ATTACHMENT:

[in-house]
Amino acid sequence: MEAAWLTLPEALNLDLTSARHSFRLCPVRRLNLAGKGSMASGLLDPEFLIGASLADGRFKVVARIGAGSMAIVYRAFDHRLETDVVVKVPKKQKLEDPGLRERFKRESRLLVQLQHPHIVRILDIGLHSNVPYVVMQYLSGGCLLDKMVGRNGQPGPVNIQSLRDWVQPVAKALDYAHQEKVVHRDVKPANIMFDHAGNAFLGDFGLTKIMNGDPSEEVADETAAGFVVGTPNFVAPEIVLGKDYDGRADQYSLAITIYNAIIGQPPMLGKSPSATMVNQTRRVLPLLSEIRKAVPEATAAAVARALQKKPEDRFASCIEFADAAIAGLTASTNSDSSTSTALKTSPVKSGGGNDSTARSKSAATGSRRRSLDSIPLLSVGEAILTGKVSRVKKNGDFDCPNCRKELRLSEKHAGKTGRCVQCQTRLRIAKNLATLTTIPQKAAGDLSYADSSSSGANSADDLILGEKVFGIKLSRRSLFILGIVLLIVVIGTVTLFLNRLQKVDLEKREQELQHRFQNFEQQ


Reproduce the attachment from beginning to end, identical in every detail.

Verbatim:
[in-house]
Amino acid sequence: MEAAWLTLPEALNLDLTSARHSFRLCPVRRLNLAGKGSMASGLLDPEFLIGASLADGRFKVVARIGAGSMAIVYRAFDHRLETDVVVKVPKKQKLEDPGLRERFKRESRLLVQLQHPHIVRILDIGLHSNVPYVVMQYLSGGCLLDKMVGRNGQPGPVNIQSLRDWVQPVAKALDYAHQEKVVHRDVKPANIMFDHAGNAFLGDFGLTKIMNGDPSEEVADETAAGFVVGTPNFVAPEIVLGKDYDGRADQYSLAITIYNAIIGQPPMLGKSPSATMVNQTRRVLPLLSEIRKAVPEATAAAVARALQKKPEDRFASCIEFADAAIAGLTASTNSDSSTSTALKTSPVKSGGGNDSTARSKSAATGSRRRSLDSIPLLSVGEAILTGKVSRVKKNGDFDCPNCRKELRLSEKHAGKTGRCVQCQTRLRIAKNLATLTTIPQKAAGDLSYADSSSSGANSADDLILGEKVFGIKLSRRSLFILGIVLLIVVIGTVTLFLNRLQKVDLEKREQELQHRFQNFEQQ